We have some incredibly wildlife-rich wetlands in Sussex, however many are heavily impacted by human activities. This includes the accidental and deliberate introduction and spread of non native invasive species (NNIS). These species have often been bought in Garden Centres or accidentally transported on machinery, and some of them are having a devastating impact on public access, farming, wildlife, flooding and the economy.
Often people innocently transfer their garden pond plants into a wild pond, thinking they are doing something good for wildlife, when actually they are introducing an invasive, non native plant. Invasive plants are a big problem now in Sussex wetlands, and they are having huge negative effects on native wetland species. The landscape scale of the infestations makes it increasingly difficult to remove them.
If you have a pond or an area of wetland on your land, there here are a number of non-native invasive species to look out for, and to remove as soon as possible :-
- Giant hogweed
- Himalayan balsam
- Japanese knotweed
- Australian / New Zealand swamp stonecrop
- Parrots feather
- Water fern
- Skunk cabbage
- Floating pennywort
Rhododendron and Canadian pondweed can also negatively impact your wetland or pond. You can find out more information about UK Non Native Invasive Species and how to deal with them here.
In 2014 five species of aquatic invasive plant were banned from sale under the Wildlife and Countryside Act because of their negative effects on the environment and economy:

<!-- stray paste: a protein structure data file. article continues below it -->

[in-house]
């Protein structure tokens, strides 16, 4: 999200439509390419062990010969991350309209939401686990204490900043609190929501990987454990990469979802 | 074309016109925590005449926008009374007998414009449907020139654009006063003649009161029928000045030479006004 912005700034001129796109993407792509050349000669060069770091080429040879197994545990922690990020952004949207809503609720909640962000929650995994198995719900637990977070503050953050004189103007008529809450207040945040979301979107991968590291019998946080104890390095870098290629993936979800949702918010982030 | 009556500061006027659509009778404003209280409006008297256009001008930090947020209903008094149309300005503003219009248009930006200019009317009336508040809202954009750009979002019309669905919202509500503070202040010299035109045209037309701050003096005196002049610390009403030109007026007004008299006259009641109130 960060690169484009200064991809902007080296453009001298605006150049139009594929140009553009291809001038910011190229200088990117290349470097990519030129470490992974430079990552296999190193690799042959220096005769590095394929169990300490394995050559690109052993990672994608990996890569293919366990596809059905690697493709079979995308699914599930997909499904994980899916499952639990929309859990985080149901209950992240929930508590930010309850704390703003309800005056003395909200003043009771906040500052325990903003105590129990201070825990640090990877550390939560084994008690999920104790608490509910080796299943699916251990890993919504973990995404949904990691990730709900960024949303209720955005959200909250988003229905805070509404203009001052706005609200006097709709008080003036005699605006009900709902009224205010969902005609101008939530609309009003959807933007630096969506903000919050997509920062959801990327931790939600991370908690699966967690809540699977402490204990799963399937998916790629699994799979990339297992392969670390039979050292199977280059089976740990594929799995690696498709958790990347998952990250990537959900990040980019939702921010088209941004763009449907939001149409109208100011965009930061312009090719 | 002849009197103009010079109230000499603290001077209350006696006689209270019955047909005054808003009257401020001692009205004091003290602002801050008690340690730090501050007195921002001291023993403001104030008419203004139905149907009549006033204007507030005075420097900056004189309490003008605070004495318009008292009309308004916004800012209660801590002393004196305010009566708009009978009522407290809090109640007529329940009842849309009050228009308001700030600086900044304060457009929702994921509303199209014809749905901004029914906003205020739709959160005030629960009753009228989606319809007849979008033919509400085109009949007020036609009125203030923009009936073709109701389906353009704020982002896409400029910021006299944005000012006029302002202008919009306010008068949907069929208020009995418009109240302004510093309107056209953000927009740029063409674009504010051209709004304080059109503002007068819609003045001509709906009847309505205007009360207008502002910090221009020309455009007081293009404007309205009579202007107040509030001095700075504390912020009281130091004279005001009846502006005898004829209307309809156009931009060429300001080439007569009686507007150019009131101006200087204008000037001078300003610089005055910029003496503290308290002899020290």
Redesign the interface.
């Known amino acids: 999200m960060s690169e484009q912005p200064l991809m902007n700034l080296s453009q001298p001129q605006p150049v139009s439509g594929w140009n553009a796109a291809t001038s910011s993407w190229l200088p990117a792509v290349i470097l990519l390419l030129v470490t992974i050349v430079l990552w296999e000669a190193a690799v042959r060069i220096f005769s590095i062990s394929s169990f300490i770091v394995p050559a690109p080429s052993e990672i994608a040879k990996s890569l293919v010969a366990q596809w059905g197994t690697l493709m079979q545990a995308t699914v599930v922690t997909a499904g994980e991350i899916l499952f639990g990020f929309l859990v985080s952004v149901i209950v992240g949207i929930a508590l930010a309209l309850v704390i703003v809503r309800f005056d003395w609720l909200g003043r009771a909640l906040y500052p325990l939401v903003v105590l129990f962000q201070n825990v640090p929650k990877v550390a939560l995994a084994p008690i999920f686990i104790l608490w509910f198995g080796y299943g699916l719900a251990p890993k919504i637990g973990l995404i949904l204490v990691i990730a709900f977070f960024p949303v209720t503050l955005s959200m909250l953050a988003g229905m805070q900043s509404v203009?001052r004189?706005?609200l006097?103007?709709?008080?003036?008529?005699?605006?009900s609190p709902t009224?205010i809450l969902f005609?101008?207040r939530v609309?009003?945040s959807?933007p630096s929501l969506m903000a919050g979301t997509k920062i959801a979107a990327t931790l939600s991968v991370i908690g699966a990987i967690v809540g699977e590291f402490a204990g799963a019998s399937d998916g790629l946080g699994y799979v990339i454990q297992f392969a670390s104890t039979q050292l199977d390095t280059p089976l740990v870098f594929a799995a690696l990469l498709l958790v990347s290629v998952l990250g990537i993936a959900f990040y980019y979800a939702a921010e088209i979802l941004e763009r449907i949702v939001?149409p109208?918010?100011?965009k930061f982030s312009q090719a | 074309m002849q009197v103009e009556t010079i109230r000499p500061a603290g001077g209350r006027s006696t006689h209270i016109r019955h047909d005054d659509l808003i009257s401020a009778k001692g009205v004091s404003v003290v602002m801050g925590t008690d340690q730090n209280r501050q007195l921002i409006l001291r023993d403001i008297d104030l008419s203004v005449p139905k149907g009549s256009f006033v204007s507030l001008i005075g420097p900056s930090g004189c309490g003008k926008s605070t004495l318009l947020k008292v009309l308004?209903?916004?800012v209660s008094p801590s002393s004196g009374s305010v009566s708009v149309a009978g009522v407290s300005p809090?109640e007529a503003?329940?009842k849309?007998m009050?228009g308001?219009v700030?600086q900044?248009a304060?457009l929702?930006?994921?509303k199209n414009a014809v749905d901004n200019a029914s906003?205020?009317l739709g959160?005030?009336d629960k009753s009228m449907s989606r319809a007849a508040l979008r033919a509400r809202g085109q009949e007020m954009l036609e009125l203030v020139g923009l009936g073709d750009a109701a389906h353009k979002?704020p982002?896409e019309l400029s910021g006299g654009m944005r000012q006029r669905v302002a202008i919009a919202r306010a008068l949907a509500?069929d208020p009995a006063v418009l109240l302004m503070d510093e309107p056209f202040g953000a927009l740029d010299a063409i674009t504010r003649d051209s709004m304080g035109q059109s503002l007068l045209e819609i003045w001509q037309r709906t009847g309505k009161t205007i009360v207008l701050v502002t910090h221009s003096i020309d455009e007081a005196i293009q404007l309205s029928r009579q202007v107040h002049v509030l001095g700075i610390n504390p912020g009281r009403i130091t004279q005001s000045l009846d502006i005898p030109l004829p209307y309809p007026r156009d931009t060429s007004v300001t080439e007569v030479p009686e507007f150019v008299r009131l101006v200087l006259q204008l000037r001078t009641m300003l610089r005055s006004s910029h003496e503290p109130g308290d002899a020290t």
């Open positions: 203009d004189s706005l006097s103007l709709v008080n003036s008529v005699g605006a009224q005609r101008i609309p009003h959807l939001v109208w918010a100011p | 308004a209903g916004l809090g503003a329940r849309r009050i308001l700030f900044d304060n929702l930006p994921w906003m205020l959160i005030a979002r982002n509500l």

• Floating water primrose (Ludwigia grandiflora, uruguayensis and peploides)
• Floating pennywort (Hydrocotyle ranunculoides)
• Parrots feather (Myriophyllum aquaticum)
• Australian swamp stone-crop (Crassula helmsii)
• Water fern (Azolla filiculoides)
This is great news, although some might say shutting the stable after the horse has bolted!
To help stop the spread of non native invasive species, if you are an angler, canoeist, contractor or just someone who like messing around on rivers, then please follow the Check, Clean, Dry campaign rules.
American Mink (Neovison vison)
The American mink is a semi aquatic species of mustelid which is native to North America. It first became established in the UK in the 1950's when animals escaped or were released from fur farms. American mink have adapted well to the UK and are common and widespread throughout Sussex. They are one of the few animals which can follow native wetland species such as the kingfisher and the water vole into their burrows and nests, and in tandem with habitat destruction they have often had a devastating impact on populations of these species.
The Game and Wildlife Conservation Trust have created a floating raft which enables the efficient monitoring and trapping of mink. Once trapped, it is illegal to release a mink as it is a non-native species.